‘I want to be a living work of art’ said The Marchesa Luisa Casati

Luisa Casati
Luisa, the Marchesa Casati Stampa di Soncino (23 January 1881 – 1 June 1957) was an eccentric Italian heiress, muse, and patroness of the arts in early-20th-century Europe.
The younger daughter of Alberto Amman, a wealthy cotton manufacturer and his wife, the former Lucia Bressi, Luisa Adele Rosa Maria Amman was born in Milan to a life of luxury. Luisa’s father was of Austrian descent, while her mother was Italian and Austrian. Luisa’s father was made a count by King Umberto I for his contributions to the cotton industry, which he largely controlled. Countess Amman died when Luisa was thirteen, and Count Amman died two years later, making his daughters, Luisa and her elder sister, Francesca (1880-1919, married Giulio Padulli), reportedly the wealthiest women in Italy.

Luisa married, in 1900, Camillo, the Marchese Casati Stampa di Soncino (Muggiò, 12 August 1877 – Roma, 18 September 1946). A year later, their only child, Cristina, was born.
After the early years of their marriage and the birth of their daughter, the Casatis maintained separate residences for the duration of their marriage. They were legally separated in 1914, and the marriage ended upon the marchese’s death.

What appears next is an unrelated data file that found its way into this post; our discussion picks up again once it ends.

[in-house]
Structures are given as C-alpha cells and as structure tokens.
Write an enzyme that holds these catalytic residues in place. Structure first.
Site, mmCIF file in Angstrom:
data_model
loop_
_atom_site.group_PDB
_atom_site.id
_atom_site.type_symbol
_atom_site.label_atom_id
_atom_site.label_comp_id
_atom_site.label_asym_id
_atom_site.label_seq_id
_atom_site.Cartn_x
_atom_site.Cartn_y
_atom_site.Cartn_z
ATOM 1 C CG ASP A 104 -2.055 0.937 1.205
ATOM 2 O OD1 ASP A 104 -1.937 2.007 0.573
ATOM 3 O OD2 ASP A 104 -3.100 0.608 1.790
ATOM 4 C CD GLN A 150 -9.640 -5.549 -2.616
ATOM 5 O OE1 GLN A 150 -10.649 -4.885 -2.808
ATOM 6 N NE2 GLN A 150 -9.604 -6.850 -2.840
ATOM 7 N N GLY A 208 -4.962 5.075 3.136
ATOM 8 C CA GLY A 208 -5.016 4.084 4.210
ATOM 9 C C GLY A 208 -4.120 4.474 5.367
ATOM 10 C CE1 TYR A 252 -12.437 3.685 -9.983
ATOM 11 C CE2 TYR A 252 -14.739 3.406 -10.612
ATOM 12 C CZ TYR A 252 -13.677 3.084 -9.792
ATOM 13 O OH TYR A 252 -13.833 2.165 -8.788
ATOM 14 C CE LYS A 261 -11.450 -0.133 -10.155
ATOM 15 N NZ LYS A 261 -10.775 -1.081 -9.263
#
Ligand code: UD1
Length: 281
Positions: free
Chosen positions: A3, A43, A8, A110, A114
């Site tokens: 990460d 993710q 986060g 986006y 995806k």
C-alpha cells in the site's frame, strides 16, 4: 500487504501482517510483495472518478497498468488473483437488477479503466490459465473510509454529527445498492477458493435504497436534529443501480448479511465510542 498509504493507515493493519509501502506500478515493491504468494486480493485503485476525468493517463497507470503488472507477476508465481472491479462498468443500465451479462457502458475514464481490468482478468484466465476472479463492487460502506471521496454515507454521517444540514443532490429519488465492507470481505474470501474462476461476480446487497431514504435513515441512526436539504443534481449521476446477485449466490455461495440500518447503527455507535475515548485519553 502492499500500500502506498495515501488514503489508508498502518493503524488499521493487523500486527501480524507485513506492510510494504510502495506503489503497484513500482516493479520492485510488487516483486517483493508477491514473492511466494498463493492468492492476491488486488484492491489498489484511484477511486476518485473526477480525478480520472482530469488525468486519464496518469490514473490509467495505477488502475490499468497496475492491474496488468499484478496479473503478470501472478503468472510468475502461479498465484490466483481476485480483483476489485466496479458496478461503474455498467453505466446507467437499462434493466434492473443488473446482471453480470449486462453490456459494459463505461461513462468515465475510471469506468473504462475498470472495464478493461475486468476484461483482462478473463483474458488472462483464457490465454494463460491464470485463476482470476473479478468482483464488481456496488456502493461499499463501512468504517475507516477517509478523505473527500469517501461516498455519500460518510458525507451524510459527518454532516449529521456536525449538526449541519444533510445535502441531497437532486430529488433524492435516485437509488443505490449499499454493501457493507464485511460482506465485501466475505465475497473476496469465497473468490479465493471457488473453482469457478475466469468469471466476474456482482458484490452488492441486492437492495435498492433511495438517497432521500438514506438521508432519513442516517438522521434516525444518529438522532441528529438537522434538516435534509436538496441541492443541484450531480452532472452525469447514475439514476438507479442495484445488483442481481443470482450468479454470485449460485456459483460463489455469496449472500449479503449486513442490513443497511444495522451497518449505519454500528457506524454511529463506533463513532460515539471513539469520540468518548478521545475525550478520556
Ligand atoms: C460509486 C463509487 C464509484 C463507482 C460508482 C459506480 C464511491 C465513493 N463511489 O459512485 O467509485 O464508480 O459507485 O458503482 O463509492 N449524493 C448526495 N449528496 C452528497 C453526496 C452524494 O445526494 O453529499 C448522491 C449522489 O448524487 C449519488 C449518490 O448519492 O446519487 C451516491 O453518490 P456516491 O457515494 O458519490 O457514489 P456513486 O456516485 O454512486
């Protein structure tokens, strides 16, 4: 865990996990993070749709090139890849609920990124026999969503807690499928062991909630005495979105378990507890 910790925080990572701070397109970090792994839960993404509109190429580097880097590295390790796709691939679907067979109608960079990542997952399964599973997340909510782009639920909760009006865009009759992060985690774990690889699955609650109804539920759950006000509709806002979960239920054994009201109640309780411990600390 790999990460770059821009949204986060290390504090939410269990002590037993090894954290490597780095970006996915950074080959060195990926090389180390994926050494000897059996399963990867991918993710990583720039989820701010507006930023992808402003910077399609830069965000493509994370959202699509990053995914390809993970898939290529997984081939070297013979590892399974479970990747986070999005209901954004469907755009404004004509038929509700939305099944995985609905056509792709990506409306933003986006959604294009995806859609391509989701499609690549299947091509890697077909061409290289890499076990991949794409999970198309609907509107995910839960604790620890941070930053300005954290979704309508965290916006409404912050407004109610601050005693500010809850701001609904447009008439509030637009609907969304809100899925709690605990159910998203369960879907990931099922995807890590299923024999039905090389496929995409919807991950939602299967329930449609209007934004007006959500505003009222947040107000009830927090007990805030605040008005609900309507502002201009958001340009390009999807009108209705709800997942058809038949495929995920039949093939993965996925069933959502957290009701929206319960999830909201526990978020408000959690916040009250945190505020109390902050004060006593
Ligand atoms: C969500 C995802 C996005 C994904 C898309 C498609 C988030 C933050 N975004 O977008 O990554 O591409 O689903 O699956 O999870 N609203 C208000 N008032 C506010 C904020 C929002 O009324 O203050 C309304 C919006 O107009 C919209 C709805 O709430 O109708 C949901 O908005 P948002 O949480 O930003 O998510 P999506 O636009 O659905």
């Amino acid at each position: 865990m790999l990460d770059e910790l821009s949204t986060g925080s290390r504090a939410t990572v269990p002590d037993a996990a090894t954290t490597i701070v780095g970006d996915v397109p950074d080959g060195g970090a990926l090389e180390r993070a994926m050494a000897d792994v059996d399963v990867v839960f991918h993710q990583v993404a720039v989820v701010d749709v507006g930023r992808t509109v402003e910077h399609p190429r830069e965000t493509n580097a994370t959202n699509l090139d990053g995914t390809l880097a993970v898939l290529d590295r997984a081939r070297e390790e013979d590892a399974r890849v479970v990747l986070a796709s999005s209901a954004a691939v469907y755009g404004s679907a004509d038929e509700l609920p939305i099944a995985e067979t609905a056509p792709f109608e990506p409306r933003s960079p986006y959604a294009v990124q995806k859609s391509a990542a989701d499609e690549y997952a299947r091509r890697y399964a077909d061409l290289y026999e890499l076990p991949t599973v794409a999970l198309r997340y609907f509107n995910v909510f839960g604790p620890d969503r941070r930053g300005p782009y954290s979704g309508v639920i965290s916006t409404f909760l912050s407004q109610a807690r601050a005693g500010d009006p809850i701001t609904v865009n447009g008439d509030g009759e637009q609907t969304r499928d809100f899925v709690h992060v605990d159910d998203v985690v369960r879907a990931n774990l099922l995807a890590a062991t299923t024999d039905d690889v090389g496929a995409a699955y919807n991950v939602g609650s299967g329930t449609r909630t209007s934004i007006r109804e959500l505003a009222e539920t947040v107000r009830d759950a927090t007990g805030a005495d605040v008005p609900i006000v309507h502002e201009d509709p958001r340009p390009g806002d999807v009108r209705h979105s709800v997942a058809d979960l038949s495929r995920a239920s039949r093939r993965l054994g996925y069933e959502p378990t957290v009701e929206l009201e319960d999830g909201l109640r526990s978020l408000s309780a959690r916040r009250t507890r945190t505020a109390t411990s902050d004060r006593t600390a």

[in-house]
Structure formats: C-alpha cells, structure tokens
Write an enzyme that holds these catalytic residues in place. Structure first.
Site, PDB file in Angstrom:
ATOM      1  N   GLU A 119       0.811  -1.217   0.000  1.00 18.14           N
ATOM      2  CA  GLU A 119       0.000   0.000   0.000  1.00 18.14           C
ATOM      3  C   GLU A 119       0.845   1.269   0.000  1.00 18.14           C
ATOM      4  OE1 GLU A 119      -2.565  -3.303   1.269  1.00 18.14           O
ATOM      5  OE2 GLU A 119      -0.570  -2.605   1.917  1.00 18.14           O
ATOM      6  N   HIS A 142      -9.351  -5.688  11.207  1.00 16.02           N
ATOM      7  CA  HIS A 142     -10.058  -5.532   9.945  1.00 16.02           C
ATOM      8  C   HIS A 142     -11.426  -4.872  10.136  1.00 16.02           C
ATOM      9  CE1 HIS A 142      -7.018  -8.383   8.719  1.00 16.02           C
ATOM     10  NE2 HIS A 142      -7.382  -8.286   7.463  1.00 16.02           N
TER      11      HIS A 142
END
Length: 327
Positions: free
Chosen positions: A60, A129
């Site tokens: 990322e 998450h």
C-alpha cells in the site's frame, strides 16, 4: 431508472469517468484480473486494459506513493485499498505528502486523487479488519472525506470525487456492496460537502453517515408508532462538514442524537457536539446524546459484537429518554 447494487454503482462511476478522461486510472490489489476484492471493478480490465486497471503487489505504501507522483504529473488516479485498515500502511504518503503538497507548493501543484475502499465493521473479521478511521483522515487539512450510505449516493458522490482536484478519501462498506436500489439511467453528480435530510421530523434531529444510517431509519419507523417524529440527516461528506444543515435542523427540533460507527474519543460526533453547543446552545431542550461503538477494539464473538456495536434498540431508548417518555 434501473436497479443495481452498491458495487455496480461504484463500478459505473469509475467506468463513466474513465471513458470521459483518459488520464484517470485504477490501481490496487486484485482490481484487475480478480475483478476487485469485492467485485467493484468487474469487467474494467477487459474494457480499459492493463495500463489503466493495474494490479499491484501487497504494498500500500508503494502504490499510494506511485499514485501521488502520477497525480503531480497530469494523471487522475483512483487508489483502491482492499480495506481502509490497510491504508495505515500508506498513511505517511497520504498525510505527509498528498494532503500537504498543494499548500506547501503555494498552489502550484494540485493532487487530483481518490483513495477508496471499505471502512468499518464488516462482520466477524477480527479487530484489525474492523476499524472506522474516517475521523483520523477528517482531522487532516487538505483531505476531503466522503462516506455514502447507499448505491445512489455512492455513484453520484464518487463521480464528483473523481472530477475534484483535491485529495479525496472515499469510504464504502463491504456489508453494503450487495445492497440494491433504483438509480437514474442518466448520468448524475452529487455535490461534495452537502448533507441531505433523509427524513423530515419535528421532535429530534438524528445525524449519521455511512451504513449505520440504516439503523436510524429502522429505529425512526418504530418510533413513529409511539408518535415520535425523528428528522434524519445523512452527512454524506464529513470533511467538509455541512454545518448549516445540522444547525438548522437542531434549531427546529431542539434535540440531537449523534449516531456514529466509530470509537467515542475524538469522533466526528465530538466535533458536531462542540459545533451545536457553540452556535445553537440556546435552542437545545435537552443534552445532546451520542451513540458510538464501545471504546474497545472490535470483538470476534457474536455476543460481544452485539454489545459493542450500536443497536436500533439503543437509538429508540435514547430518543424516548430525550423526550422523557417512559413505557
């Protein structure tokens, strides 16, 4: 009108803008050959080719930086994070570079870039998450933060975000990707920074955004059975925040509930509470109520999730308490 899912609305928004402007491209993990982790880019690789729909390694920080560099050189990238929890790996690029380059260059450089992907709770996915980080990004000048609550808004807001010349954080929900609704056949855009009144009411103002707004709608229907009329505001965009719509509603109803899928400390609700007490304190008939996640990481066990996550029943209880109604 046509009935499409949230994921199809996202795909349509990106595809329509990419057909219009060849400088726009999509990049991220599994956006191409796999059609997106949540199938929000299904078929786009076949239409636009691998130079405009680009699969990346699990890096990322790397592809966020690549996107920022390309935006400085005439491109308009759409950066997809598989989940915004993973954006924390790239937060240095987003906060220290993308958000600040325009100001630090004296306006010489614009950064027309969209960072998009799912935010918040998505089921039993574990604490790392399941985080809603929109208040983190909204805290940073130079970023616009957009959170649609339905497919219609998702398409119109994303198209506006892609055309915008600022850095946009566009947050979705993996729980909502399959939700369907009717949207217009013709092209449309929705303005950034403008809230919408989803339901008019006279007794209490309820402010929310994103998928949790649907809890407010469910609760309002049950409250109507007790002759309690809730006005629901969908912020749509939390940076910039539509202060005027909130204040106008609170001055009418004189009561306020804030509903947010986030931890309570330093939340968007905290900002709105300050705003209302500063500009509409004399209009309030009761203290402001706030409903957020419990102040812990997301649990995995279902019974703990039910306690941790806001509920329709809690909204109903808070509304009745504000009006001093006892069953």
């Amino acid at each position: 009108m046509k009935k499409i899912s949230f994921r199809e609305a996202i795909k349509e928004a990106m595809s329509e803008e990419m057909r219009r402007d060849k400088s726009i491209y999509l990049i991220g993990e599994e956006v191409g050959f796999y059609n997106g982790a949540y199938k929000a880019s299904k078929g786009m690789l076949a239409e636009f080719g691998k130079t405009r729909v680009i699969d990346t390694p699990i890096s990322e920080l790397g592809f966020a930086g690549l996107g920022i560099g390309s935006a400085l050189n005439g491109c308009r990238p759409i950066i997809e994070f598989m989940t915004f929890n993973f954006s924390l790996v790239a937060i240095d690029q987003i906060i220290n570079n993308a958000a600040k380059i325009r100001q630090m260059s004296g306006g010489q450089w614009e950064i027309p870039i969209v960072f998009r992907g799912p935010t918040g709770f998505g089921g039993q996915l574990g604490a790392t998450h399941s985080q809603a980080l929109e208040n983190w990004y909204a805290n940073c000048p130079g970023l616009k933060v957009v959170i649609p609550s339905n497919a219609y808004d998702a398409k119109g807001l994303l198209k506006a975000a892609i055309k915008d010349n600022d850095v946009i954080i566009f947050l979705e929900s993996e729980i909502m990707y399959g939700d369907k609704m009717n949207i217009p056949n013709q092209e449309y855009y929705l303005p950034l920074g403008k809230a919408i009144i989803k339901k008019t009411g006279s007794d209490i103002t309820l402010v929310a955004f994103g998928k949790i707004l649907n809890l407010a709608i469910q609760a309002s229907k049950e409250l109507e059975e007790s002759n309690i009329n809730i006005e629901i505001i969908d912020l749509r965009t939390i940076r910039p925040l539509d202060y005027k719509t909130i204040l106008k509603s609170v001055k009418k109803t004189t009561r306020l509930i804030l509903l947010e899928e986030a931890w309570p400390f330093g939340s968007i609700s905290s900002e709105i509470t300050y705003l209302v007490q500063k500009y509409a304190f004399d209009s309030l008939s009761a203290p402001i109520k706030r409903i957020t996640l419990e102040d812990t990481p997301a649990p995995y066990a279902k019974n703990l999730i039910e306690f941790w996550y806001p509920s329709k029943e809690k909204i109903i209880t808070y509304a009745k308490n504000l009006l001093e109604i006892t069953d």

The couple’s daughter, Cristina Casati Stampa di Soncino (1901-1953), first married Francis John Clarence Westenra Plantagenet Hastings, known as Viscount Hastings (later 16th Earl of Huntingdon), in 1925; they had one child, Lady Moorea Hastings (born 1928), and divorced in 1943. As her second husband, Cristina, Viscountess Hastings married, in 1944, the Hon. Wogan Philipps.
Marchesa Casati’s only grandchild, Lady Moorea Hastings became the third wife of Labour politician Woodrow Wyatt and later wed Brinsley Graham Black.

Marchesa Casati presently has three living descendants, Lady Moorea Hastings and her sons:
The Hon. Pericles Plantagenet James Casati Wyatt (born 1963), became an owner and operator of water parks and recreational-vehicle camps in Arizona. Octavius Orlando Irvine Casati Black (born 1968), the founder of The Mind Gym, a mind-development system based in London
A celebrity and femme fatale, the marchesa’s famous eccentricities dominated and delighted European society for nearly three decades. She captivated artists and literati figures such as Robert de Montesquiou, Erté, Jean Cocteau, Cecil Beaton, Augustus John and Jack Kerouac. She had a long term affair with the author Gabriele D’Annunzio. The character of Isabella Inghirami from D’Annunzio’s Forse che si forse che no (Maybe yes, maybe no) (1910) was said to have been inspired by her, as well as the character of La Casinelle, who appeared in two novels by Michel Georges-Michel, Dans la fete de Venise (1922) and Nouvelle Riviera (1924).